Software Engineering, Project Management, and Effectiveness
While reading the book, Enterprise Architecture as Strategy, by Jeanne W. Ross, Peter Weill, and David C. Robertson, I came across their section on outsourcing.
I wish I had their frame for looking at outsourcing models long ago. On the Microsoft patterns & practices team, we regularly partnered with vendors around the world to scale our business while focusing on our core competencies. While I did manage to think through a lot of the issues and risks, I didn’t always have a great way of framing the conversations or recommendations. When you have names for the three outsourcing models, key distinctions for each, and a map of the main outsourcing objectives, it gets a lot easier to both think through decisions, and frame conversations for more effective outsourcing decisions.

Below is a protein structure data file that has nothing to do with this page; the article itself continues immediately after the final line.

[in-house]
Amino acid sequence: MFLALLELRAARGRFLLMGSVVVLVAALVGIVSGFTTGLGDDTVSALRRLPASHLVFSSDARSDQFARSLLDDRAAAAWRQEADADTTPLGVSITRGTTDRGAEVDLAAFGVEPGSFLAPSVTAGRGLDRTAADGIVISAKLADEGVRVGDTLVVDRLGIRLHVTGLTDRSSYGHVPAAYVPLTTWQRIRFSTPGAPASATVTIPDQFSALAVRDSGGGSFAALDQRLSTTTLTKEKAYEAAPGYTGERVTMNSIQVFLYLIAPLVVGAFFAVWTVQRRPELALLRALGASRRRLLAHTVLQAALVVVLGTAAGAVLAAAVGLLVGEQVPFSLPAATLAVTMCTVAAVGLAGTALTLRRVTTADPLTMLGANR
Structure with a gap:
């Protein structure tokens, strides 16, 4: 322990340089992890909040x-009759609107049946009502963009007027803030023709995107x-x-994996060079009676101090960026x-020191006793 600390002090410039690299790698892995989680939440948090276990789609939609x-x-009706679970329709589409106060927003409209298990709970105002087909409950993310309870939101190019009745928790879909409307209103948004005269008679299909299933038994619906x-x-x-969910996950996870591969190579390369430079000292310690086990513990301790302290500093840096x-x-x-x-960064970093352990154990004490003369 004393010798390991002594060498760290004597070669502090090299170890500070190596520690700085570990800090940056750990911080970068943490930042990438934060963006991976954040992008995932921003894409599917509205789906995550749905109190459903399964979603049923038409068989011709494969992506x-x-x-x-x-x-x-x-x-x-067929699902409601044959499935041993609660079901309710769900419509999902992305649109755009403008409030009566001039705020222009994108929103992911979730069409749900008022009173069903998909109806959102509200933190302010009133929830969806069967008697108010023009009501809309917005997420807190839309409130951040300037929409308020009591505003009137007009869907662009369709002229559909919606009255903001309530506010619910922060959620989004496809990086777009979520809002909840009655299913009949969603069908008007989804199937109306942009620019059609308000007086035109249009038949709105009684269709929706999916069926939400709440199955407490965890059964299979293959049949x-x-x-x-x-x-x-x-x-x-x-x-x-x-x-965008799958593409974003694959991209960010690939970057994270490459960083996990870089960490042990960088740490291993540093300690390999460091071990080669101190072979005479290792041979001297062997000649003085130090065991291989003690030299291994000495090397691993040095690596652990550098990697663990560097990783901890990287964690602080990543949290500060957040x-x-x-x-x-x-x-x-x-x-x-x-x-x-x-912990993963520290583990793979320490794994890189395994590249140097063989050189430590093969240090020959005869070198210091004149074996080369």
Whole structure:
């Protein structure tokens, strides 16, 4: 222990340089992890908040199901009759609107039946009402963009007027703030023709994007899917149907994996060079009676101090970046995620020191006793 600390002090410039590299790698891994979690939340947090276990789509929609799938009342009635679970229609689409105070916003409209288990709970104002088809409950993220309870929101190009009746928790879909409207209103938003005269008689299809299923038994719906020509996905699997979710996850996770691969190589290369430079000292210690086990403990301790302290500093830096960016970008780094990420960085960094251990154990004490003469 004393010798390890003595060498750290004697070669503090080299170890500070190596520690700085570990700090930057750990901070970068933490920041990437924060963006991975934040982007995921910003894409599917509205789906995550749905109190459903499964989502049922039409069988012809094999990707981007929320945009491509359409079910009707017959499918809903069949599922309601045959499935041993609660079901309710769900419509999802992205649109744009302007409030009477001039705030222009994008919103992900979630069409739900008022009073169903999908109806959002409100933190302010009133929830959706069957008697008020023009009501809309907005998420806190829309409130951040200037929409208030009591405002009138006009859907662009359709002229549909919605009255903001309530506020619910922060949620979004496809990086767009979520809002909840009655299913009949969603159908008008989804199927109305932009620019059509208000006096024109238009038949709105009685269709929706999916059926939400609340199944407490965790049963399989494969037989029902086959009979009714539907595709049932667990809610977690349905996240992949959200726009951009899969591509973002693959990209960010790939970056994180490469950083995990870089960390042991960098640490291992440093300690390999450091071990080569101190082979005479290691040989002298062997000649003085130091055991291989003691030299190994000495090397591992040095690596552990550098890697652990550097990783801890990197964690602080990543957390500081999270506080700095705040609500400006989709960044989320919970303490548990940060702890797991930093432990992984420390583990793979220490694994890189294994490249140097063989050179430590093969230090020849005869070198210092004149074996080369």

Three Outsourcing Models According to Ross, Weill, and Robertson, there are three mutually exclusive outsourcing models:
Outsourcing Objectives Ross, Weill, and Robertson, share examples of common outsourcing objectives:
The Three Outsourcing Models Explained Ross, Weill, and Robertson, provide insight into the distinctions and uniqueness features of each mode:l: